Every man has a different perception of what their state of happiness is. Happiness for one man can be sorrow for another. The stories of Aristotle debate the idea of happiness and how to reach the state of happiness. The Bhagavad-Gita is also a story that tells man how to live and how to reach his state of happiness. The two stories have some of the same ideas on how to live life and how to truly reach a true state of happiness. Happiness is a state that is different for every man.
Aristotle believes that everyone carries out actions in attempt to get some kind of good out of each action. Getting good out of an action, he believes, is what makes one happy. The quote "The statement that the happy man lives well and acts well, too, is in harmony with the definition of happiness" (Aristotle's Nicomachean Ethics page 5) demonstrates Aristotle's view. Every man wants to be happy no matter how he reaches his happiness. Happiness is the goal of every man, no matter how he reaches it, every man wants to be in their state of happiness. Therefore, every man should do what makes him happy, no matter what it is. If being a professional baseball player makes him happy, then that is what the man should do. If saving lives is what makes him happy, then that is what he should do. Aristotle's idea is that the man should do what he wants and make his own decisions, good and bad, for the reason that he is trying to make his life better by doing what will make him happy.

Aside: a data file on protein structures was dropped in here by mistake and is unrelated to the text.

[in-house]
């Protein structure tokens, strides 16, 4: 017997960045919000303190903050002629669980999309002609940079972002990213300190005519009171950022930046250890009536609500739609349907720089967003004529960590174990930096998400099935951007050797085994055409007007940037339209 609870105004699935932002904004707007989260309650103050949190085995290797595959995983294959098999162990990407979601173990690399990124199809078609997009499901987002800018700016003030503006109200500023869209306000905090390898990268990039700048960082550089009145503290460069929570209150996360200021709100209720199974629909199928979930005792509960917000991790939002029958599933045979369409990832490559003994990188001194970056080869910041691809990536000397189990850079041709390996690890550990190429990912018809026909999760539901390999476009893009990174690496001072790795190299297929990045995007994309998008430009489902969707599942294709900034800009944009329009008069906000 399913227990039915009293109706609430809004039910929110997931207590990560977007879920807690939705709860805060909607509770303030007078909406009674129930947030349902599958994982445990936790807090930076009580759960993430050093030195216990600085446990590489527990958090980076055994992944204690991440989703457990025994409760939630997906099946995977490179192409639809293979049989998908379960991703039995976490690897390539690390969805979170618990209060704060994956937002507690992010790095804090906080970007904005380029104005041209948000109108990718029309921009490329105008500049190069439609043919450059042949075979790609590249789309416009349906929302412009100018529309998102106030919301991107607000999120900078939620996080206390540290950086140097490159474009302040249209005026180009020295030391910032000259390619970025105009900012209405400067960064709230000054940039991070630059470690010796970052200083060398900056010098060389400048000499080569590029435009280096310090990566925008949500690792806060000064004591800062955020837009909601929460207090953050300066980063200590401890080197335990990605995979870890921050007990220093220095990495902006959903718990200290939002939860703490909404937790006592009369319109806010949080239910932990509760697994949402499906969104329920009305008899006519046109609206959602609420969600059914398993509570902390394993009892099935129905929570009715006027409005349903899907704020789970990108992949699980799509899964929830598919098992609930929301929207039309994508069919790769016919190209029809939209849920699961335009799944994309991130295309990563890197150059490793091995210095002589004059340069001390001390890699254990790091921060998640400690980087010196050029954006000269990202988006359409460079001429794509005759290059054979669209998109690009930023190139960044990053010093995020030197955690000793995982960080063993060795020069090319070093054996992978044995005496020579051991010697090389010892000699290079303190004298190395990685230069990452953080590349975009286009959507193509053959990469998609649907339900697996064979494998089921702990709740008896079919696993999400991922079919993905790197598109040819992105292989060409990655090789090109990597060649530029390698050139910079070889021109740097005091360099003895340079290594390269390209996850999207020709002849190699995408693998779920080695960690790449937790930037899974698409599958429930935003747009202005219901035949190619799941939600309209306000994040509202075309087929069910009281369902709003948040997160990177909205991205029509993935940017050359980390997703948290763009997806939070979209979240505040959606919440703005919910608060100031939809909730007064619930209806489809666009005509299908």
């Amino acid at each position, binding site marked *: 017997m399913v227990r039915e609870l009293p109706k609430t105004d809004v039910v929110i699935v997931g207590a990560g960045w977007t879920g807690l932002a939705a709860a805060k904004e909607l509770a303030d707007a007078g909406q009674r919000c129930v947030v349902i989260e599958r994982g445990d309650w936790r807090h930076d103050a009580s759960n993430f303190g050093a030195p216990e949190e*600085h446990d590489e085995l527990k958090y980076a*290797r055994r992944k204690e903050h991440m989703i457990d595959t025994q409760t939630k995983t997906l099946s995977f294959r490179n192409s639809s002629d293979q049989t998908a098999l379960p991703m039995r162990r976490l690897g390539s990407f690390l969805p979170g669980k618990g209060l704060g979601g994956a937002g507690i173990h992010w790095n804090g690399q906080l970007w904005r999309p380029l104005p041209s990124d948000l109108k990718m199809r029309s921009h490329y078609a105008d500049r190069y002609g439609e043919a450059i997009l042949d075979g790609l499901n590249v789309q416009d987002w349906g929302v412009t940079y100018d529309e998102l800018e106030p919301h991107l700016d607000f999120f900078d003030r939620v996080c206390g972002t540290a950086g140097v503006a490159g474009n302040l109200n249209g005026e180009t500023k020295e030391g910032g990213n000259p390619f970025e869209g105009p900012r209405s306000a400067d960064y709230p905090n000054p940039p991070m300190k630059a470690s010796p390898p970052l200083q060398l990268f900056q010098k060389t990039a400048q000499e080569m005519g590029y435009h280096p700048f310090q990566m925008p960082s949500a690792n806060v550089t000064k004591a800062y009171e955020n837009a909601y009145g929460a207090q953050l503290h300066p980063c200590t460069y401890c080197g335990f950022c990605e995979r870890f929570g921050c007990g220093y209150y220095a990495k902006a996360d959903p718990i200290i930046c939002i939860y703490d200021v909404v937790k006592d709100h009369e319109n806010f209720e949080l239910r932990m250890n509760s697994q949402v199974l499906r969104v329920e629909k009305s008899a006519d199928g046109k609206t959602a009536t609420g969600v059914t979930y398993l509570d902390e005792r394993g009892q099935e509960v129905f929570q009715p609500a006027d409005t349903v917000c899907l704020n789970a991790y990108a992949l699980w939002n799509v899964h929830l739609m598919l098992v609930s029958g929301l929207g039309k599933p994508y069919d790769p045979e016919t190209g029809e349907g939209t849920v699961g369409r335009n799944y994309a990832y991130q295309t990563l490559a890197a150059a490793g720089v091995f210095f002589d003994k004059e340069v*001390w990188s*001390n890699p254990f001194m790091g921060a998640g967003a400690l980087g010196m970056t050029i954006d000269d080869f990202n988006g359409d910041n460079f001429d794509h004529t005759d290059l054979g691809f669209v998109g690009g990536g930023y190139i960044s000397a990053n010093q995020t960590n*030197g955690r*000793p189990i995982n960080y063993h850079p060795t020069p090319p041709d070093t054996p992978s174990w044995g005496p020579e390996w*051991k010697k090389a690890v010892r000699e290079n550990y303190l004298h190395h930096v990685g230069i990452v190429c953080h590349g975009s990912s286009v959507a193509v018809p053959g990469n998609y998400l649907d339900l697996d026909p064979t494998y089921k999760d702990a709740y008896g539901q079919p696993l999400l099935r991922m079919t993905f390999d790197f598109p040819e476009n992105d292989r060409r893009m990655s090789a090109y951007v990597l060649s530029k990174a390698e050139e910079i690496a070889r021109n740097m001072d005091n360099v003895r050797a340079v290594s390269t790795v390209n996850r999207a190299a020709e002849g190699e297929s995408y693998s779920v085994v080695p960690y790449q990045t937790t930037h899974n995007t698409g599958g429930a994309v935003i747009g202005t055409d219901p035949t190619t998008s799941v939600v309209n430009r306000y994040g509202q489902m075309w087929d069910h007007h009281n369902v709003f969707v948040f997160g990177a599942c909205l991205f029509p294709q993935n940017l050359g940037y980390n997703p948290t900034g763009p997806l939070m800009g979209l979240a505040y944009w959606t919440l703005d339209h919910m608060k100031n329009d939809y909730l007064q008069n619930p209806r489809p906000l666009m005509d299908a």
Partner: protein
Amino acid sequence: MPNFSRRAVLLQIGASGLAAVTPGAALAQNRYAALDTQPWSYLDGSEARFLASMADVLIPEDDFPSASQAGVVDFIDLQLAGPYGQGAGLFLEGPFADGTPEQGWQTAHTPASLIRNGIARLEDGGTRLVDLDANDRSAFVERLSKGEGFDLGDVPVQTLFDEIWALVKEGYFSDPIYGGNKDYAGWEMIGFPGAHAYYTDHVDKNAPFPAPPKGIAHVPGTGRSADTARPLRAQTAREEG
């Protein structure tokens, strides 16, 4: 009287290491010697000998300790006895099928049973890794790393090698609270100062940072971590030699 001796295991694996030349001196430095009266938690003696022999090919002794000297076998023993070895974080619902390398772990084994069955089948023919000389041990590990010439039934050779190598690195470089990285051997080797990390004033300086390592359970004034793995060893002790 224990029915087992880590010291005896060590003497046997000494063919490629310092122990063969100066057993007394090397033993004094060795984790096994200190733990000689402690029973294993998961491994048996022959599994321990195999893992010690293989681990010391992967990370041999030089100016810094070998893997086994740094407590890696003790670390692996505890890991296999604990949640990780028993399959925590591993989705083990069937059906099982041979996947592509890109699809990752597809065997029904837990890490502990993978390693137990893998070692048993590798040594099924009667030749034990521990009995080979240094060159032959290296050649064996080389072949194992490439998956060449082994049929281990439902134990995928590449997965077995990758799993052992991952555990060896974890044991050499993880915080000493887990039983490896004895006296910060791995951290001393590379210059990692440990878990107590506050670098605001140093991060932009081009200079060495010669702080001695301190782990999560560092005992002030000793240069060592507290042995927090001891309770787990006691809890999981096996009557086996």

The Bhagavad-Gita states that people should carry out and fulfill certain actions because it is their duty and it is the nature of the soul to perform these actions. While performing actions the Gita believes that one should have no particular concern of the outcome, whether it is success or failure. In The Bhagavad-Gita Arjuna is reluctant to fight in battle because if he were to fight he would be going against his own kinsman.